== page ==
Top/Base Coats -Sally Hansen - Ultimate shield fortifying base and top coat
memepunk 6/27/2007 5:44:00 PM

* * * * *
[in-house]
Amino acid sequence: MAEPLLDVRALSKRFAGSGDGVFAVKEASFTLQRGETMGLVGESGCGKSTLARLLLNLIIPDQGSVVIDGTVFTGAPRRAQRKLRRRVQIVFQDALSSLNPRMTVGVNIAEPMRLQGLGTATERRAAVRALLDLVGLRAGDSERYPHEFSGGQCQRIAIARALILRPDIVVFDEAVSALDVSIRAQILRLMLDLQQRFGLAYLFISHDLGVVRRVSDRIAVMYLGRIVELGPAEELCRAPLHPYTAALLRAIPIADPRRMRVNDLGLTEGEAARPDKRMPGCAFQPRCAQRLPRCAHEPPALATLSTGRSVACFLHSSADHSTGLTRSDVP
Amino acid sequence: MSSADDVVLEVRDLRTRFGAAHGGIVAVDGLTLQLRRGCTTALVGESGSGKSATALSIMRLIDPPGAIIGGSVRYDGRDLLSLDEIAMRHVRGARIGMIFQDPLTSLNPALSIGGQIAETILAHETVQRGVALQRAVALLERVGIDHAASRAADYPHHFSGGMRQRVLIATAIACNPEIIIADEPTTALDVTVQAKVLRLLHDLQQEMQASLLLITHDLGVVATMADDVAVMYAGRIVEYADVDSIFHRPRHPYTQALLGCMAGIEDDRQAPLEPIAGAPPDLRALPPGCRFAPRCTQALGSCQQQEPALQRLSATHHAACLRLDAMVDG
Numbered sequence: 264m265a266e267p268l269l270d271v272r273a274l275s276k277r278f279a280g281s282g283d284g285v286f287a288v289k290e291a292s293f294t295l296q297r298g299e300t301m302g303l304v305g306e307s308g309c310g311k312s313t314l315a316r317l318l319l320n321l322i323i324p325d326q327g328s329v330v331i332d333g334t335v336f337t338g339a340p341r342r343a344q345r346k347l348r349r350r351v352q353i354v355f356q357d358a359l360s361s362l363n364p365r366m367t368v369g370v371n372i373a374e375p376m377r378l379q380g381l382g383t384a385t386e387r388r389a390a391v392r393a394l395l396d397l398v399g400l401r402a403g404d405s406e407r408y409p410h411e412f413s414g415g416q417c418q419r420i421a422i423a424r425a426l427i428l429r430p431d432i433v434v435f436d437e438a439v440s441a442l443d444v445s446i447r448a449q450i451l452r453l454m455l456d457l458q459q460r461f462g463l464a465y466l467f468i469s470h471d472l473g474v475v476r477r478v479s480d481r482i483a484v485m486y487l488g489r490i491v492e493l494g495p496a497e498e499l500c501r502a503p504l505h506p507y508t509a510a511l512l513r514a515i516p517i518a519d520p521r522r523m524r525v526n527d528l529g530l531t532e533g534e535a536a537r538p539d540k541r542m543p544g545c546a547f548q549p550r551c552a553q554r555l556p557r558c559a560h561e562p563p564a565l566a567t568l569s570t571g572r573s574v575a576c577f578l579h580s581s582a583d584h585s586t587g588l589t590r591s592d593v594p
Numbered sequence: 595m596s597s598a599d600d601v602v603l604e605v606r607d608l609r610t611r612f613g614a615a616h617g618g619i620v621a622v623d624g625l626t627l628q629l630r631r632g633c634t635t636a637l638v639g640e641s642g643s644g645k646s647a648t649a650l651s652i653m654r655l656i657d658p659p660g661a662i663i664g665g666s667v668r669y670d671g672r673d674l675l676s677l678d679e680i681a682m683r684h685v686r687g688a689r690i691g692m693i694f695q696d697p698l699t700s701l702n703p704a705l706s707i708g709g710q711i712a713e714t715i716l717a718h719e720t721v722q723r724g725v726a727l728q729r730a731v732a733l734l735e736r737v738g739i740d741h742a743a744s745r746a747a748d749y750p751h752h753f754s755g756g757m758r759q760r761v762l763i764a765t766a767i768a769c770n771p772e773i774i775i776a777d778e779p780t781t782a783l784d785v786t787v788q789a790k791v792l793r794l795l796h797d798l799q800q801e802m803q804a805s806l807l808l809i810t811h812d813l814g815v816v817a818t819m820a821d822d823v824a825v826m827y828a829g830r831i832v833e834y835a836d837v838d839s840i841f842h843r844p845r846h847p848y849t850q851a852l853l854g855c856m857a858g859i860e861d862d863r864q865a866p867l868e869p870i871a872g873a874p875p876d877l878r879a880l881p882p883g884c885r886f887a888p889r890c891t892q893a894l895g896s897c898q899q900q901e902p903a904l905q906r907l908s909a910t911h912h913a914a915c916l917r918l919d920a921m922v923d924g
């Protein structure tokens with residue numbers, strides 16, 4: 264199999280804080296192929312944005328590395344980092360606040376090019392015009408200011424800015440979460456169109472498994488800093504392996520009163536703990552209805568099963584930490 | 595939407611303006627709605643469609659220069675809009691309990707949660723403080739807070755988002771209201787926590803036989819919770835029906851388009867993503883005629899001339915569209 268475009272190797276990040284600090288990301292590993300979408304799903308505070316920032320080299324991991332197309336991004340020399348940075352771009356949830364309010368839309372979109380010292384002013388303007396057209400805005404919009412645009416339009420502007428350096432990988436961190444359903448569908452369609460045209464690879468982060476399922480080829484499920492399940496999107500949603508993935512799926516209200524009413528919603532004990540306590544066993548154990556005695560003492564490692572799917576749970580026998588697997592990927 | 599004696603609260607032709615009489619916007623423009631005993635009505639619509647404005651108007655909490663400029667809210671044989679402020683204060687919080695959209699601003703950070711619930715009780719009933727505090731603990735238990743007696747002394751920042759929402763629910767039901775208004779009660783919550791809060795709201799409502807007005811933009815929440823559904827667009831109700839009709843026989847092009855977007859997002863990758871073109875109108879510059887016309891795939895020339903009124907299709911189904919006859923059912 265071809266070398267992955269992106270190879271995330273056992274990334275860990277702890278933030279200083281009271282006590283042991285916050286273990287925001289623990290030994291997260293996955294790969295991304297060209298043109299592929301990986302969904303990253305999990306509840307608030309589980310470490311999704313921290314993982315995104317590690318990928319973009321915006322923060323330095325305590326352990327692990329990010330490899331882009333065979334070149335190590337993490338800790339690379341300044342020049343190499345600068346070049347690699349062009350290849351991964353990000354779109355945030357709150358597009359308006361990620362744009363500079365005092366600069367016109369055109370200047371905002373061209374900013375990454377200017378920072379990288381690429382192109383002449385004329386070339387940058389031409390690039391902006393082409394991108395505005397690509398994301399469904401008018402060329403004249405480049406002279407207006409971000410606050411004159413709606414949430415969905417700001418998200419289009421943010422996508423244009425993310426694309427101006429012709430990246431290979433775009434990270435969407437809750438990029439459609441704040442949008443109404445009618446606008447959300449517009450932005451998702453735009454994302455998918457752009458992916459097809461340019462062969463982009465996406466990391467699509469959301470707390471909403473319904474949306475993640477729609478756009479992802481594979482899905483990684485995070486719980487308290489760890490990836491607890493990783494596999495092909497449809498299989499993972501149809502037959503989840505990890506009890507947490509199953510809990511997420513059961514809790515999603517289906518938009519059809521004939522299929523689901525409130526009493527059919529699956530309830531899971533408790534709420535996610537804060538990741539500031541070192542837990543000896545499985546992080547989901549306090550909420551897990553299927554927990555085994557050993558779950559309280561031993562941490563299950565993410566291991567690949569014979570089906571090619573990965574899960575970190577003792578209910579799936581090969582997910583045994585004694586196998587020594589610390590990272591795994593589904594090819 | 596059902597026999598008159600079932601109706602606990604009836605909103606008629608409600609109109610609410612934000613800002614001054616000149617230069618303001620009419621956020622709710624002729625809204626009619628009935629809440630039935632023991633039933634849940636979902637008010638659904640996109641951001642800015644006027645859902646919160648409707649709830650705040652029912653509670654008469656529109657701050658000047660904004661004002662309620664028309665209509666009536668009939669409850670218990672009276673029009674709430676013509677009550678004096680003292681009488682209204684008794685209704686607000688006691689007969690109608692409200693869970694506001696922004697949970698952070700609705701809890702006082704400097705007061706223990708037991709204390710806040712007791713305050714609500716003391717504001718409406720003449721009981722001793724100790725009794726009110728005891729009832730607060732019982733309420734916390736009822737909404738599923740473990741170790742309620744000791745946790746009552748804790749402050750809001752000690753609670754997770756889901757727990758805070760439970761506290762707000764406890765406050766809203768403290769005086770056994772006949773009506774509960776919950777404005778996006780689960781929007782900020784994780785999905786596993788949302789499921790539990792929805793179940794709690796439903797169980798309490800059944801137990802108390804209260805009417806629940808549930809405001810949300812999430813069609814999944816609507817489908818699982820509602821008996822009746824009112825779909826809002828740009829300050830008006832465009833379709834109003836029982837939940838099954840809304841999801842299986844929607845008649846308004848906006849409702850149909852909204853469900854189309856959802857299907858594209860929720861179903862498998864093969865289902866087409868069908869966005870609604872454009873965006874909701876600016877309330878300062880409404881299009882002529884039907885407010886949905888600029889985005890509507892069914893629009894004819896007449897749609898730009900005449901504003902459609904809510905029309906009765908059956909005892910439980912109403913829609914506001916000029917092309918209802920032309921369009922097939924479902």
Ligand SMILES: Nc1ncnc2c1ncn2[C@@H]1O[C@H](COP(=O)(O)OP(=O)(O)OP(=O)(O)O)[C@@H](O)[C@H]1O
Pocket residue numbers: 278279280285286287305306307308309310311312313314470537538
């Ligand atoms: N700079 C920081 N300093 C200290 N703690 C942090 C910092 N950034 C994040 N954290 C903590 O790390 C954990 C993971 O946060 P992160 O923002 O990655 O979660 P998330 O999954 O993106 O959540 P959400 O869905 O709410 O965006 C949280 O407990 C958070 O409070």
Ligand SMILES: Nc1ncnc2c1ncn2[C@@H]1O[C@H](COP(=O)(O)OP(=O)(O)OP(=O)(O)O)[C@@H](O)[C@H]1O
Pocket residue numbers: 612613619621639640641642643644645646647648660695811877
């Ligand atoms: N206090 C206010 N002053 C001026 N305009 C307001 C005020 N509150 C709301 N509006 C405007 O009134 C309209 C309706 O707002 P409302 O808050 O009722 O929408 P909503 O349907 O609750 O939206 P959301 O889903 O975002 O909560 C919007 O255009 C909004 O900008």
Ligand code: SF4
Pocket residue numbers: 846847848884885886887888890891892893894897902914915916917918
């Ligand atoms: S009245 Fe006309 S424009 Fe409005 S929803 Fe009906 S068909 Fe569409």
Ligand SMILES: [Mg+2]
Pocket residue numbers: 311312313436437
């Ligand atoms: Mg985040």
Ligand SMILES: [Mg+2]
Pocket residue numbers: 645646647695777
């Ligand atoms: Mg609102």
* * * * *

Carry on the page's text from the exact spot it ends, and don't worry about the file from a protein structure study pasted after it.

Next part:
I used this as a base and top coat, with three layers of color applied in between and plenty of drying time allowed between each new coat. Everything seemed to be going okay until I got to the top coat. It seemed very difficult to apply; the brush seemed to drag and catch on the polish beneath, even though it had been dry to the touch when I started the top coat. A short while after I finished the top coat, the bubbling started. Not tiny bubbles that you can touch up later--big soft bubbles that didn't fully surface and which completely warped and distorted the very neat polishing job I'd spent so much time on. I thought I'd see if, by some miracle, they would smooth out as the polish dried, so I left everything in place. Four hours later, the polish was still not dry and had, in fact, become softer and more malleable than it was before I applied the top coat. Everything I touched left an impression or scrape on the polish. I had to take it all off, because I'm quite convinced it would never have dried at all. Something in the formulation of this is just not right. I've no idea if it might have worked okay as a base coat if I hadn't used it as a top coat as well, but I'm disinclined to experiment with it and waste any more time. I would have returned it, but I left it too long, so I'm just tossing it instead. Like reviewers before me, I wish I'd looked it up on this site first! :)